WASA: Thousands of consumers without water, but repairs under way

The content originally appeared on: Trinidad and Tobago Newsday


AT LEAST 200,000 consumers are currently without a pipeborne water supply at present, WASA has said,

This is mostly for technical reasons, including disruptions at a number of plants in both Trinidad and Tobago because of bad weather and high river levels over the past several days.

WASA (the Water and Sewerage Authority) said it expects the affected plants and pipelines to be up and running “within the next few hours” and for customers to start seeing pipeborne water on Friday.

WASA hosted a brief media conference on Thursday, by which time the weather had improved in most of the areas where operations were affected.

WASA chairman Ravindra Nanga said the authority continues to face challenges with operations and disruption in service to customers in the north, east and Tobago.

“Due to the high river levels, our plants are down, with the intakes being clogged,” he said. But weather permitting, he said the majority of plants should be up and running and service restored within 24 hours.

Service has also been disrupted in Tobago. WASA’s acting director of operations Shaira Ali said a crew there was busy with clean-up activity to restore the facilities to full operation. They are at Hillsborough West, Highlands Road and Charlotteville.

Ali said the weather earlier on Thursday presented “significant challenges at the authority with respect to the surface source treatment facilities.”

In some instances, conditions were improving and WASA was able to restart several plants.

“Yesterday (Wednesday) we encountered two breaks on the 42-inch transmission main ( at Daniel Trace and Pine Settlement, Valencia) that supplies water from the plant to several of the off takes which supply the communities.

She said crews were immediately mobilised to both sites and had been working intensely overnight.

Because of “the challenges with the weather system, the high levels of rainfall and the river conditions,” she said, WASA was “able to mobilise works last night. Crews were working (continuously) with the weather conditions as they were.”

She said a crew remains at Daniel Trace, where there are several challenges, particularly the terrain, being in a forested area. The crew at Pine Settlement also faces difficult conditions, Ali said, because of the high river level.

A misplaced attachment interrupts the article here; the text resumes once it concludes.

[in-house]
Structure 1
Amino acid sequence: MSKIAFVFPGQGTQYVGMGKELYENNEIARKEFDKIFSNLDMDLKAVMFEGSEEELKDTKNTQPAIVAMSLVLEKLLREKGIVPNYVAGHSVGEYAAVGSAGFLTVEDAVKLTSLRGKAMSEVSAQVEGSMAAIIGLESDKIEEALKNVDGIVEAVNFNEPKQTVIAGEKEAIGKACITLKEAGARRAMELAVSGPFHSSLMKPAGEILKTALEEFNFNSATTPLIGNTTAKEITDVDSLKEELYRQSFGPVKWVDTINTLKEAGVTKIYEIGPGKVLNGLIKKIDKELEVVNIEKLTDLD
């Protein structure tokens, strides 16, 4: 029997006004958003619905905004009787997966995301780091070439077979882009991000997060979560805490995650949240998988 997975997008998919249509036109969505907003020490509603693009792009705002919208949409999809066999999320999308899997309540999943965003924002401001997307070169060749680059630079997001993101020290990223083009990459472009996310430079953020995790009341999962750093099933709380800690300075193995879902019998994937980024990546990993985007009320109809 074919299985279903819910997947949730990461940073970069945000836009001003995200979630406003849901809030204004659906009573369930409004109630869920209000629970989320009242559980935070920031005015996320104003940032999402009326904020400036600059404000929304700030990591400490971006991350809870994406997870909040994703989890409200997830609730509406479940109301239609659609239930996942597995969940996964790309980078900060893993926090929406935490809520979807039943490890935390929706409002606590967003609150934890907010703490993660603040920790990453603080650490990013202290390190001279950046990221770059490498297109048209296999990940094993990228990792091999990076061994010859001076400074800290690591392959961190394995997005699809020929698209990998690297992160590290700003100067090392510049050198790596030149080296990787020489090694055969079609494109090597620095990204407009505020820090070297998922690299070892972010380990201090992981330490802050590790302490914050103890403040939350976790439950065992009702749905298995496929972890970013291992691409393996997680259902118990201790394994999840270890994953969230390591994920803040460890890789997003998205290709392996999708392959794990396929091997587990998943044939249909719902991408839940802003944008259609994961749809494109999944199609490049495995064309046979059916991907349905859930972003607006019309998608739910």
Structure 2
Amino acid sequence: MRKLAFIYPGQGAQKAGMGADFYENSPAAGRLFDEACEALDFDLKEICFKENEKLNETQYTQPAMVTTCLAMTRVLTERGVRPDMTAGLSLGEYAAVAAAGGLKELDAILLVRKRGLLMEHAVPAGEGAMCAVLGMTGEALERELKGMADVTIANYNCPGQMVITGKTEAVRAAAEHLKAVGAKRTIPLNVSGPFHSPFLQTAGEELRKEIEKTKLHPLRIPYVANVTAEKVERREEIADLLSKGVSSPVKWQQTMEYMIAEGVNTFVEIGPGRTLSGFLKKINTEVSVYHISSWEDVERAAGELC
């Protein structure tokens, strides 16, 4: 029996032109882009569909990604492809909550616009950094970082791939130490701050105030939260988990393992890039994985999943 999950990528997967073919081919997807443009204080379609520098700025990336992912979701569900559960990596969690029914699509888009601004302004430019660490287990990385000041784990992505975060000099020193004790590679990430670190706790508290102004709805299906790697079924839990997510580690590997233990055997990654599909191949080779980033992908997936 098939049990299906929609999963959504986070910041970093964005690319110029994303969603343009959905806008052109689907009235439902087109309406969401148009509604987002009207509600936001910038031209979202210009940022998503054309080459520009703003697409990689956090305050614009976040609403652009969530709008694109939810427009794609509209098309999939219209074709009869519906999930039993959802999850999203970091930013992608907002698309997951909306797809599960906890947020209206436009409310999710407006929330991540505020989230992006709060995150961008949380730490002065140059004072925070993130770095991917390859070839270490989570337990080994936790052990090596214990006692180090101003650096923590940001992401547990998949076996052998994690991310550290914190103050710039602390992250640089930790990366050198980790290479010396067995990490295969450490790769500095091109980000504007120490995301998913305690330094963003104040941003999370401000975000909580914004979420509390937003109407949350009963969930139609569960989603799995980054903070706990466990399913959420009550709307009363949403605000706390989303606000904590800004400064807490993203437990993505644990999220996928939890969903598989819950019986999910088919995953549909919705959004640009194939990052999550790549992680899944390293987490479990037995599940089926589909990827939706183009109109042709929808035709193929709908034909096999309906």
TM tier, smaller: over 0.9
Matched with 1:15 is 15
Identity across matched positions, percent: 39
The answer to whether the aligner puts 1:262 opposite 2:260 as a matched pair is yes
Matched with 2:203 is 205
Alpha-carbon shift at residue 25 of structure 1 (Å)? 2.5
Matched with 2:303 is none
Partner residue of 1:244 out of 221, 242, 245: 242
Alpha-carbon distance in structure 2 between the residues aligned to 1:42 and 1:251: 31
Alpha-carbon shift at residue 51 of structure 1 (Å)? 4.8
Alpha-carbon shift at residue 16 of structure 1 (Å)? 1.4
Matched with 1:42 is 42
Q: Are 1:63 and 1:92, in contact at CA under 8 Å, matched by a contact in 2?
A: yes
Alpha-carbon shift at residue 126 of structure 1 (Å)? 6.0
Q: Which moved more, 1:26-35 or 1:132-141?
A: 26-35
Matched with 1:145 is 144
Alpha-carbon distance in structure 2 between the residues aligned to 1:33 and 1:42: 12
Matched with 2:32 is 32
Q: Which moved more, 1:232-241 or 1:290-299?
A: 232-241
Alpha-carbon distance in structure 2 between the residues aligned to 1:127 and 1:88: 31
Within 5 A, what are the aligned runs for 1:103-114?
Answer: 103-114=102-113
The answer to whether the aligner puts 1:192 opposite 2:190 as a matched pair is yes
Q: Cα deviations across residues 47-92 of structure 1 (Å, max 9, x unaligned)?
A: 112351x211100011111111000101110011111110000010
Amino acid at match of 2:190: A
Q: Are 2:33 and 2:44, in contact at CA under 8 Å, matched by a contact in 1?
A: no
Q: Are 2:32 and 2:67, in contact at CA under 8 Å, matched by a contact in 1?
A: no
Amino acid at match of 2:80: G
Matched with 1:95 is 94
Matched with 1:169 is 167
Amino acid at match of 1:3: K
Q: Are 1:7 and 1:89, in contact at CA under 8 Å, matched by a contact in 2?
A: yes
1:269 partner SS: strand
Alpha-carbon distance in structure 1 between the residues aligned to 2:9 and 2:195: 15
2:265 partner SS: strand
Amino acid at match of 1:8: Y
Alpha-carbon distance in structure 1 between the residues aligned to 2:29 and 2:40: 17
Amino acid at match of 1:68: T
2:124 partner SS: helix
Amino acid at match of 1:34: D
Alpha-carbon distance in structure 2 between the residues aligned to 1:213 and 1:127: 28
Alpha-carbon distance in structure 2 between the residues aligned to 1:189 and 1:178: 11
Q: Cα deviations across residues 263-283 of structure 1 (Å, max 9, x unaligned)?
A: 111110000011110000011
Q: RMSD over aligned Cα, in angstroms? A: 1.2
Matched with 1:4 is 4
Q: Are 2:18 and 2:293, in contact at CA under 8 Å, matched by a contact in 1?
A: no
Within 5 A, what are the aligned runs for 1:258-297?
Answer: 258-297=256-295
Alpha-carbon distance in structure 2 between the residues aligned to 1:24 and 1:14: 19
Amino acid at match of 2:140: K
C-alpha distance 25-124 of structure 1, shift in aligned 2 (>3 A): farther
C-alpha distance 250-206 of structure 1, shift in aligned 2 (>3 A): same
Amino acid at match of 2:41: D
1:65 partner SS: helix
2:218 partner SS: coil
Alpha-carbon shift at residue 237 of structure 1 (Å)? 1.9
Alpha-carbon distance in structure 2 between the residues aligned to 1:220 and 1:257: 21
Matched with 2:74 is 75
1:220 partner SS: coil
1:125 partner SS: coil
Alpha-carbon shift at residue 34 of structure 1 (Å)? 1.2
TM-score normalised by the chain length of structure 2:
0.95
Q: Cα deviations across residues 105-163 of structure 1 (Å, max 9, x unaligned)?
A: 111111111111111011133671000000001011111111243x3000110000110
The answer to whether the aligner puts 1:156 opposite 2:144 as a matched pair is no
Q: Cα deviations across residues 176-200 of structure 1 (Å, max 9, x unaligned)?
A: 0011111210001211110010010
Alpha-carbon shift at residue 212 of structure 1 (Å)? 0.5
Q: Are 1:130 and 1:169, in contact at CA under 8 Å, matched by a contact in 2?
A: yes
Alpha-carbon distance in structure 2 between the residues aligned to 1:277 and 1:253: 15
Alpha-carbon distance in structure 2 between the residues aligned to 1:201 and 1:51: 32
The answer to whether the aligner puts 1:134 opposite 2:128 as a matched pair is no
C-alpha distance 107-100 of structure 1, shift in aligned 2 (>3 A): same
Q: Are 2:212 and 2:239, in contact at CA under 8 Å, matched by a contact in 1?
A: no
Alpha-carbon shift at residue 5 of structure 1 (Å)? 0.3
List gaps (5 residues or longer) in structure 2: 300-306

But, she said, “We have equipment mobilised. We have the expertise, the engineers, the managers; they are all on site and all efforts are being made at this time to go into the second repair and have that completed over the next several hours.”

She admitted the time frame for completion of repairs would depend on the weather at the various sites.

Ali said WASA was also engaged in other “major items of works” being co-ordinated in East Trinidad, particularly at the North Oropouche Water Treatment Plant in Valencia, which services over 100,000 customers in the East-West Corridor, from Sangre Grande to Five Rivers, Arouca.

Customers can call WASA for truck-borne water. However, places like health centres and schools will get priority.

Communities without water:

Sangre Grande and environs

Guaico Tamana Road

Toco Road

Manzanilla and environs



Tumpuna Road

Malabar Phase I, III and IV


La Horquetta


O’Meara (including the industrial estate)

Mausica Road (north and south)

Maloney Gardens; Five Rivers

Bon Air West and surrounding communities.

Affected plants:

Plants out of operation at the time of the press conference included:

Quarry Water Treatment Plant, affecting Valencia and environs

La Pastora/McDavid intakes in Lopinot

Guanapo Water Treatment Plant, which supplies Arima

Matura and Tompire Water Treatment Plants, which supply Toco, Matura and environs

Blanchisseuse Water Treatment Facility

La Fillette


Las Cuevas.